Photograph by Sam Abell, NG Creative
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Sardines haven't caught on with many in the U.S., but around the world, they are both a staple and a delicacy.
Photograph by Sam Abell, NG Creative

Sardines, Both Beloved and Reviled, May Be Vanishing

About once a month, for family reasons, I go to Maine. The family is deep in central Maine, in a tiny town with no market, bar or restaurant—so to prep for the trip up-country, I try to fly in and out of Portland, which has a killer distillery, a vast amount of craft beer, and great restaurants.

A few weeks ago, I stopped for dinner at Boone’s Fish House and Oyster Room, a 100-year-old waterfront property that was left derelict in the 2000s and revived two years ago. Listed among the appetizers, there was a dish that instantly obsessed me:

Quick snack sardines: tinned Portugese sardines smashed, hot sauce, pickled celery, mayo, grilled bread.

But delicious though it sounded, the “quick snack” wasn’t quite right for the dinner my group was composing that night. I promised myself I would order it in a few weeks, when next I came to town.

Last week, I went back. The sardines, though, were gone.

“We couldn’t sell them,” Harding Lee Smith, the chef at Boone’s and several other Portland restaurants, told me by phone. “We’ve had it on the menu since day one, and finally gave up last week.”

“I love them,” he added. “But smaller fish, oilier fish, fish that have bones and take a bit of effort—they’re difficult for people. They can be a hard sell.”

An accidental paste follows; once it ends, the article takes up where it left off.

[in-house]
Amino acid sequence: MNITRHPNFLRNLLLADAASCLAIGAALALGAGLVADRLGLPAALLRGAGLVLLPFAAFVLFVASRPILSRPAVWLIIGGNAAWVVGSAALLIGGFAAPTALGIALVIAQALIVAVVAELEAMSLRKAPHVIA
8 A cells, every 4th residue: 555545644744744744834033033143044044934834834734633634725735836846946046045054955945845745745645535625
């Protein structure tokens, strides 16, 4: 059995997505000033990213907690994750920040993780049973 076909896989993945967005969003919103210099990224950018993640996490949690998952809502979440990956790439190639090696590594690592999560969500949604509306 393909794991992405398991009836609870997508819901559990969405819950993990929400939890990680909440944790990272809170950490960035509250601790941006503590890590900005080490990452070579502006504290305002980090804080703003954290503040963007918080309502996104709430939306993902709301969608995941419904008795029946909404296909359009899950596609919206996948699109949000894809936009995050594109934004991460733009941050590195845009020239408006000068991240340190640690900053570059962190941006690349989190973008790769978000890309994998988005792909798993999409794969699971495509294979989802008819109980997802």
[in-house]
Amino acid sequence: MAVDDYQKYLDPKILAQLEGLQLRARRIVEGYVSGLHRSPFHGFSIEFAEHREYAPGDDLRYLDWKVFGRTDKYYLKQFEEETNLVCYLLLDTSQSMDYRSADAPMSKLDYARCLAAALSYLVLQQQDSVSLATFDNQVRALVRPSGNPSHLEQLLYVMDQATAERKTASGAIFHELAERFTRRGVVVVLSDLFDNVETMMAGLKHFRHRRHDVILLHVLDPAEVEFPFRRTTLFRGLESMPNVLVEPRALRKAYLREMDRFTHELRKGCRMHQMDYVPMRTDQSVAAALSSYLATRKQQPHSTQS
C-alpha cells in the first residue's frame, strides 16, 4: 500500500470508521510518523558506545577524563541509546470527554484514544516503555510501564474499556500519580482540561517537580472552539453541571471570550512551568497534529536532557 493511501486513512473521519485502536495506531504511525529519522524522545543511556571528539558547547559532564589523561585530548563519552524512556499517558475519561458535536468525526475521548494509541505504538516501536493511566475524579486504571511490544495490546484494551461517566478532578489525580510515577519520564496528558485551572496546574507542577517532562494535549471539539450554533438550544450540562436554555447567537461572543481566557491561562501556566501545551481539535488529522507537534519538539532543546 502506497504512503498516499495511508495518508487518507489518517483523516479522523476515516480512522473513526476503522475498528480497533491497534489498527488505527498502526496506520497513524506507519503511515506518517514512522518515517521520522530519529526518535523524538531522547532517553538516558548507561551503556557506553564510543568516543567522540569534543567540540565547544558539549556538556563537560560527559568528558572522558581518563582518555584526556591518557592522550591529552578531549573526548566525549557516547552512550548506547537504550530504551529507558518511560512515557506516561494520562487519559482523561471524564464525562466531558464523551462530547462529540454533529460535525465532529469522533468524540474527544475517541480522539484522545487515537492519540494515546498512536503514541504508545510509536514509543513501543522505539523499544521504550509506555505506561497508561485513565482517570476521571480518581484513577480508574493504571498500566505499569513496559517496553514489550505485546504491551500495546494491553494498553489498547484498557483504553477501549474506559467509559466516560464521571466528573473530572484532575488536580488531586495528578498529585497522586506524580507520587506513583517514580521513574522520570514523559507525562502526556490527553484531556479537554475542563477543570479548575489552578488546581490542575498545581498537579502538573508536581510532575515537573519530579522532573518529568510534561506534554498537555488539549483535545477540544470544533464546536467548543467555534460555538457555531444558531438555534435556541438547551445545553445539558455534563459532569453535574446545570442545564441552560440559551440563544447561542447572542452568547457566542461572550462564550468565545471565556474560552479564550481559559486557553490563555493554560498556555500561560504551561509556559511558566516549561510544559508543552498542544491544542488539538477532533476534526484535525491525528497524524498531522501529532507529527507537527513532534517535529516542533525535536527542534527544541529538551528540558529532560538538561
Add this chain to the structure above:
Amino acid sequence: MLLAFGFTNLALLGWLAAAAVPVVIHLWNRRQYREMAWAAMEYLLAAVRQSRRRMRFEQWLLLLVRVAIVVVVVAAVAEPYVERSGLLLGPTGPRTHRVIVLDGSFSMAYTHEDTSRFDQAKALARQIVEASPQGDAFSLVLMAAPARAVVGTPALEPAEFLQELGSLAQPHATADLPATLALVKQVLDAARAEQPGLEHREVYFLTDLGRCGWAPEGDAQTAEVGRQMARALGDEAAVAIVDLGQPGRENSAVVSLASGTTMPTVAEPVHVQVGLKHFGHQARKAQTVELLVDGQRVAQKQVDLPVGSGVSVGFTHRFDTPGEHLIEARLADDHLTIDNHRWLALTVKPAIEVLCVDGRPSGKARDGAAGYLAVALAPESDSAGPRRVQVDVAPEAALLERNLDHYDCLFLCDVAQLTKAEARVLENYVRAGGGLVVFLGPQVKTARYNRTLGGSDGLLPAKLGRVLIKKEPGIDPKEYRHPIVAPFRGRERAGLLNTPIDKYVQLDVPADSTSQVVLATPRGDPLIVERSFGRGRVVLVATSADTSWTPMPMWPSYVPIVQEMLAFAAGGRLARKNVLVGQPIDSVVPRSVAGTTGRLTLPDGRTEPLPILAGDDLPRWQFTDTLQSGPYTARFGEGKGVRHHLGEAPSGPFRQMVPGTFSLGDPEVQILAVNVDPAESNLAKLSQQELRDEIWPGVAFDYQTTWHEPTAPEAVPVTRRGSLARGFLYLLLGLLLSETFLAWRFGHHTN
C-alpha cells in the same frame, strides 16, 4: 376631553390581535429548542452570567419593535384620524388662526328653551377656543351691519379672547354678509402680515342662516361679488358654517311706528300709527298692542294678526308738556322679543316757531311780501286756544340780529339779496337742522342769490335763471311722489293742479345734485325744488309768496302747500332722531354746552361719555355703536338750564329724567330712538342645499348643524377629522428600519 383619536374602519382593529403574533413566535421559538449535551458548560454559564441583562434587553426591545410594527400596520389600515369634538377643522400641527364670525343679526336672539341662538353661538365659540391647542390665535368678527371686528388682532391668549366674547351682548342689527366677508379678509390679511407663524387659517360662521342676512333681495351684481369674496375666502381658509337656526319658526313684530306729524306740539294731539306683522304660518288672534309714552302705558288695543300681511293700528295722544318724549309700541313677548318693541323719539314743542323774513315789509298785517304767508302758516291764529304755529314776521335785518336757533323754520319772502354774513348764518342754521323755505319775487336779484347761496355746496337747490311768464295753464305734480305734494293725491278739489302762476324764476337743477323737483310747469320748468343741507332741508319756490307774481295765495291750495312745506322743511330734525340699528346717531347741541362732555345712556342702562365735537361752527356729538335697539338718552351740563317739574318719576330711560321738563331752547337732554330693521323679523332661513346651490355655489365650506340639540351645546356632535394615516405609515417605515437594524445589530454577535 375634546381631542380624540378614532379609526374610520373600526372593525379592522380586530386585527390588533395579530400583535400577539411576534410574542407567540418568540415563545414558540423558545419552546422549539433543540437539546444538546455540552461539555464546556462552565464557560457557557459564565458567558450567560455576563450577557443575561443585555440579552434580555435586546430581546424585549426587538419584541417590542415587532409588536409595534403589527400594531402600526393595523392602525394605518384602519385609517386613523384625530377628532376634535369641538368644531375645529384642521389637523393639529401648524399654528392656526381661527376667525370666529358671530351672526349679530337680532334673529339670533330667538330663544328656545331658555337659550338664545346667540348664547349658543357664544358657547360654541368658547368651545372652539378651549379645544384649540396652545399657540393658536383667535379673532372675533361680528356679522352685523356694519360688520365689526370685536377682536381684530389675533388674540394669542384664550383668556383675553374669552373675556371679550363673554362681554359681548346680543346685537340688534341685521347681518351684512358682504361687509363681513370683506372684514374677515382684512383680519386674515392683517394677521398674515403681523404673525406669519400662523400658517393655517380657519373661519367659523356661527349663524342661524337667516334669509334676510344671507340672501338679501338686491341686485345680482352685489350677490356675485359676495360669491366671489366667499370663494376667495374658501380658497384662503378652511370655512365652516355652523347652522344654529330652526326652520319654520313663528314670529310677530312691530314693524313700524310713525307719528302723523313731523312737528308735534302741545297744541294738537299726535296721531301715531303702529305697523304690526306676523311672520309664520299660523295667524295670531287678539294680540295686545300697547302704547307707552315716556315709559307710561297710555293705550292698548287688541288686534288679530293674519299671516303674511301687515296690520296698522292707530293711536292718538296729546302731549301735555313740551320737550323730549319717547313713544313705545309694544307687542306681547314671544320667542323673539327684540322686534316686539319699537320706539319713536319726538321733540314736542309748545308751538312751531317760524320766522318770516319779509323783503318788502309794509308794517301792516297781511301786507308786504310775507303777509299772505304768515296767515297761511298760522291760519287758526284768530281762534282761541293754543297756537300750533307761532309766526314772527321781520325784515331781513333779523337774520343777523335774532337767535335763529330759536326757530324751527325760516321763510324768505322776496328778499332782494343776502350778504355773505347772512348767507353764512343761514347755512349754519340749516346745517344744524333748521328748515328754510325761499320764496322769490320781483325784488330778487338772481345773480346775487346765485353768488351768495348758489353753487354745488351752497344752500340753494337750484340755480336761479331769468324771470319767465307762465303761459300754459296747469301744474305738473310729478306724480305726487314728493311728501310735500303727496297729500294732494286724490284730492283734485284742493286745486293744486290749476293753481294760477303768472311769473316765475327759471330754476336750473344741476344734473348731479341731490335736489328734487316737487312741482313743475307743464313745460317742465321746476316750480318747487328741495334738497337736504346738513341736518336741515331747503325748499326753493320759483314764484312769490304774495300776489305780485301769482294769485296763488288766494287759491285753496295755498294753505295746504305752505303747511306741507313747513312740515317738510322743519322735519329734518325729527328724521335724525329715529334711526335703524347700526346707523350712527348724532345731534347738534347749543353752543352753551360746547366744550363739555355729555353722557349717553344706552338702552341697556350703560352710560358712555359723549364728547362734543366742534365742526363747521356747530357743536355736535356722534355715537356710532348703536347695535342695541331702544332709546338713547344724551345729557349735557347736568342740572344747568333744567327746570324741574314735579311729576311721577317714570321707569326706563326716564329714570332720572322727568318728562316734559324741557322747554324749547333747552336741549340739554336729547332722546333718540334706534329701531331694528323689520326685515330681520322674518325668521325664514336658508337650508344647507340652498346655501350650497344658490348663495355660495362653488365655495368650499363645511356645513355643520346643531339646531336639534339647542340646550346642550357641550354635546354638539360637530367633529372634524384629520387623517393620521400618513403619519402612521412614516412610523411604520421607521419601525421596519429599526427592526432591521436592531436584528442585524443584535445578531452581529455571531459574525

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The menu at a Maine oyster house, just before it took sardines off the menu. Photograph by Maryn McKenna

Smith loves sardines in part because they take him back to his childhood, sailing the Gulf of Maine with his father; the chef recalls with a laugh that his dad’s idea of lunch, when they were under way and hungry, was “a can of sardines, some hot sauce and a fork.”

I like them not just because they’re strong-flavored and rich, but because they remind me of places I’ve traveled—especially Barcelona, where the Boqueria market houses fishmongers selling sardine-like boquerones, and Brittany, where sardines are taken so seriously they are canned with vintage dates. (In a post earlier this year, food writer David Lebovitz compared the pleasures of Breton and Bordeaux sardines.) And though you might think of them as a European thing, canned fish have a passionate following in Asia, where temperature and weather make preserved fish a better bet than fresh; in 2010, Thai author Leela Punyaratabandhu wrote a much-replied-to paean to canned sardines on her food blog, She Simmers.

But, to be clear, these are minority opinions. Sardines aren’t a favorite U.S. food: Though John Steinbeck’s Cannery RowJohn Steinbeck’s Cannery Row enshrined sardine fishing in American history, the last U.S. sardine cannery closed in 2010. It was in Prospect Harbor, Maine, several hours’ drive from Smith’s restaurant. Most of us probably haven’t even noticed that the major U.S. sardine fishery, on the Pacific Coast, was deemed in such perilous condition by ocean authorities that it was not allowed to open this year. Canada has done the same. (Here’s a piece from our sister blog, National Geographic Voices, reflecting on the closure.)